In France, Beaujolais Nouveau is sold in super-supermarkets and the trend is to Beaujolais-Villages Nouveau, and its price is close to 20 francs a bottle.

Later on, when I tried to do a role-call of bottles, they were fuzzy.

Elsewhere in Paris, the Salon National des Vins de Caves Particulières starts on Wednesday at the Espace Champeret, and runs through to Monday, 1. December. It costs 40 francs to enter the salon but this includes some free tasting. Open from 10:00 to 20:00 daily.

Exhibitors are the smaller wine producers from around France, and some 910 of them will have a presence here. If you like to talk about wine with the people who make it, this is the chance. People who make it usually like to talk about it too, so I don't think serious drinking goes on here.

Some tips: go with a friend so that you can exchange impressions. The Guide to the salon is handy to have, and take the glass if one is offered at the entry.

Other, Uplifting Things To Do

It may not be the season for it, and I cannot say parc de Bercy I know it myself, but the Parc de Bercy was inaugurated last September in eastern Paris. It is supposed to be the same size as the new Parc Andre-Citroen in the west, which opened in the 15th arrondissement in 1992.

The park has 'water effects' of some sort, but until spring comes I recommend going there with an umbrella.

The Parc de Bercy is located beside the Seine in the 12th arrondissement, right beyond the pyramid of the Palais des Omnisports of Bercy. The park is not far from métro stop Bercy, on the line six.

Exhibition: Splendeurs Persanes

The Bibliothèque Nationale is presenting a exhibition of illustrated Persian manuscripts, which follow precise aesthetic rules establishing relationships between poetry, painting and calligraphy. Each of the 160 manuscripts on display is, for these reasons, a 'chef-d'oeuvre.'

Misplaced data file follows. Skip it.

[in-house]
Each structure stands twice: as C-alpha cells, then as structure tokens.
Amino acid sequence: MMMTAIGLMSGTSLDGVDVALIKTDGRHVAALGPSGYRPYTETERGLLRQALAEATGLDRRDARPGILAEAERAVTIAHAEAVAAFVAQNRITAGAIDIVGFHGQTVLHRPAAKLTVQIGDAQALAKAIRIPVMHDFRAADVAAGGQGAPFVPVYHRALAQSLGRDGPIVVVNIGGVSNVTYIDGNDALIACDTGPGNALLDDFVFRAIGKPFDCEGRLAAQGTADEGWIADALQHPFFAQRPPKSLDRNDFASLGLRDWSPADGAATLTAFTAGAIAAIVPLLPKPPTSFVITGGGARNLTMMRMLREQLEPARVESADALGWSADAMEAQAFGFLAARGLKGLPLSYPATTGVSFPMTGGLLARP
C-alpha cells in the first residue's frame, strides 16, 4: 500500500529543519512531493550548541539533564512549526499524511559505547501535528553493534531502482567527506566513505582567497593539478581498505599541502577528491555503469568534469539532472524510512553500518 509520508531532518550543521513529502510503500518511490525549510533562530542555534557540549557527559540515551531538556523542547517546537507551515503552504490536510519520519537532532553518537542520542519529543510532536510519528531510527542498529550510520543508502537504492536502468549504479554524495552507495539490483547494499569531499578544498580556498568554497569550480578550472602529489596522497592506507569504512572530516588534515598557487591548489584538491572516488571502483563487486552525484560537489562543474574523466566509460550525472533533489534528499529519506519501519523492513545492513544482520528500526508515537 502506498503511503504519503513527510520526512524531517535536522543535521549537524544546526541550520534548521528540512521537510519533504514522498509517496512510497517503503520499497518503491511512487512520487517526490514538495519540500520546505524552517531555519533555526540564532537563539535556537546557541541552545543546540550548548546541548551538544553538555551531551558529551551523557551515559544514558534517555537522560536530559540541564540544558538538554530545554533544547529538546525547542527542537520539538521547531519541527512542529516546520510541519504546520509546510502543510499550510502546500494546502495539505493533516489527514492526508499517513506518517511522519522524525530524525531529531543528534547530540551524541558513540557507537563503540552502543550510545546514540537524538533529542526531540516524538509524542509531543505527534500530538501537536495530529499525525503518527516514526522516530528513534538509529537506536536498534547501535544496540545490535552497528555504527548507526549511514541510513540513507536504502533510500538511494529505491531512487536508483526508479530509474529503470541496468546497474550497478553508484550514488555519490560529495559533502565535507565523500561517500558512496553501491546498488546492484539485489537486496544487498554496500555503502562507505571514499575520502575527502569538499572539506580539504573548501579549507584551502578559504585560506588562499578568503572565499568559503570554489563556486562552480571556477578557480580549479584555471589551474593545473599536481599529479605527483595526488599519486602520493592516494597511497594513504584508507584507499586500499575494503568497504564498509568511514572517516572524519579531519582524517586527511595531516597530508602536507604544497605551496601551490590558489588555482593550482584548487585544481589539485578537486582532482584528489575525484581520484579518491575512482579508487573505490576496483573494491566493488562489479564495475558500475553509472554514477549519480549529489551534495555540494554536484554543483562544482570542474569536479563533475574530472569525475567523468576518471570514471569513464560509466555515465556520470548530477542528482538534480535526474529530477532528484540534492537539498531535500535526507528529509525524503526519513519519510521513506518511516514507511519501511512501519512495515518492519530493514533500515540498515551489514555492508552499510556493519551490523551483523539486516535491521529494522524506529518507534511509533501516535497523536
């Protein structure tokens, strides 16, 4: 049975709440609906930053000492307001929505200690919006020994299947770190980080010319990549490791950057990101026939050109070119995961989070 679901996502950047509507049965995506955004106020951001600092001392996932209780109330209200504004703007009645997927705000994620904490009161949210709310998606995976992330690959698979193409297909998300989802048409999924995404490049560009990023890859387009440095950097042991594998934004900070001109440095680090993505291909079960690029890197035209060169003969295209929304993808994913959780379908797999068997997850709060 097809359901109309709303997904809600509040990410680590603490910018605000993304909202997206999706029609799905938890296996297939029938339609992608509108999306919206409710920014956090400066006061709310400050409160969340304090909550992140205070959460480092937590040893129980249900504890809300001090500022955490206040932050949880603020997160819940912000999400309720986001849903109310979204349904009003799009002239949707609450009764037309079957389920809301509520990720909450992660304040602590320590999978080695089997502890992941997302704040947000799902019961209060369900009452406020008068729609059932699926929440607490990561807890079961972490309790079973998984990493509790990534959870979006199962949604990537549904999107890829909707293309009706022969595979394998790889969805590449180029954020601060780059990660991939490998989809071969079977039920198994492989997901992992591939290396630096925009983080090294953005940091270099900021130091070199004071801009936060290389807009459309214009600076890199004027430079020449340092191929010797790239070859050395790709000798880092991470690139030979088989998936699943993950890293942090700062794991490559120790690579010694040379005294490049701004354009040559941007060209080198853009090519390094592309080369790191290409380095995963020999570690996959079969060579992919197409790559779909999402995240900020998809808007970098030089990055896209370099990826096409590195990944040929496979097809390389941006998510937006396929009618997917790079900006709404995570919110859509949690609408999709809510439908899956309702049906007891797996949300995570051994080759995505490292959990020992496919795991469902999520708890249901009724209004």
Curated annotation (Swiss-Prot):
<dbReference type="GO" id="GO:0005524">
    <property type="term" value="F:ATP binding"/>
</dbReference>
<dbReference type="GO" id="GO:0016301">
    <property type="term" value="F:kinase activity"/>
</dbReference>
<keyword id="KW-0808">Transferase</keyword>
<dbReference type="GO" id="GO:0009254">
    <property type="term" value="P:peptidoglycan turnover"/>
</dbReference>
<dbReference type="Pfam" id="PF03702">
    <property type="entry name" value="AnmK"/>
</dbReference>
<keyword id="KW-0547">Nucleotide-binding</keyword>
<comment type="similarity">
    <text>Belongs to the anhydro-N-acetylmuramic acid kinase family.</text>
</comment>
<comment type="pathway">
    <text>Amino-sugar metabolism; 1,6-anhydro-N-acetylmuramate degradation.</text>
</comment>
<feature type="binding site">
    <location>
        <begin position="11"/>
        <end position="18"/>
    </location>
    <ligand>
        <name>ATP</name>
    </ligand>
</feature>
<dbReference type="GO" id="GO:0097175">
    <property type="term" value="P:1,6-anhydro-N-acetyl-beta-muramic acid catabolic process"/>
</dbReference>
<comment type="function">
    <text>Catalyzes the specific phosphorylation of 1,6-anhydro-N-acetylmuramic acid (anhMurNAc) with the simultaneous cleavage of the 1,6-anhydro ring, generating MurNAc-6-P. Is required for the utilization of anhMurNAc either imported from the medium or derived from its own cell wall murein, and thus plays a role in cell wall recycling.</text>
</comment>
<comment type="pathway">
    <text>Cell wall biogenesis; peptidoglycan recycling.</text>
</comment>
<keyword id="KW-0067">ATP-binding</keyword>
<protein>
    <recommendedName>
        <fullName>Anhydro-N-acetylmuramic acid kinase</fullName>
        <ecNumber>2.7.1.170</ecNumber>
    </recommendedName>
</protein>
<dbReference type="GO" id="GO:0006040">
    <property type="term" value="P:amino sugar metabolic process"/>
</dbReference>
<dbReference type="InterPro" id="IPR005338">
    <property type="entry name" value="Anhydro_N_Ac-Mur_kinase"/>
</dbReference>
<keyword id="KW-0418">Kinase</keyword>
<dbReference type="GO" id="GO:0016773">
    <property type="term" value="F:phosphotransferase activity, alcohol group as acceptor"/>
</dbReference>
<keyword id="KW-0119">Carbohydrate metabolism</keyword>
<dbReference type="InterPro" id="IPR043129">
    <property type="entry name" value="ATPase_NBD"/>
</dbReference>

These manuscripts represent six centuries of production that follow a line through the history of Persia's grand dynasties. Many Splendeurs Persans were conceived as illustrated Korans - but, for example, the Mongol invasion in the 13th century introduced traces of Chinese styles of painting.

Splendeurs Persanes - 12th to 17th Century Manuscripts Thursday, 27. November, until 1. March 1998
Galerie Mazarine, Bibliothèque Nationale de France
58. rue de Richelieu, Paris 2.
Métro stops: Bourse or Palais-Royal
Every day from 10:00 to 19:00; closed Mondays
Entry: 35 francs, reduced: 24 francs
Catalogue: 240 pages, 290 francs
Info Tel.: 01 47 03 81 12

Metropole One Year Ago

Issue 1.40 - 25. November 1996 featured the columns - Metropole Diary's 'André Malraux 1901-1976' and 'Au Bistro' had - 'Sydney Beats Paris to Beaujolais Punch?.' The articles in the issue were 'Fair Deal Restaurant in High-Rent District count-down eiffel Tested for Good Value, - Le Palet Gets Three Forks, Two Spoons' - 'The Crowd that Wasn't - This Isn't the Story It Started Out To Be' - 'The South Pacific in Paris - Musée des Arts d'Afrique et d'Océanie, Part I' and 'Africa! Africa! - Musée des Arts d'Afrique et d'Océanie, Part II.' There were two 'Posters of the Week' and Ric's Cartoon of the Week rounded off the issue.

The Tour Eiffel Countdown to 2000:

Only 767 days left to go.

Regards, Ric
Send email concerning the
contents to: Ric Erickson, Editor.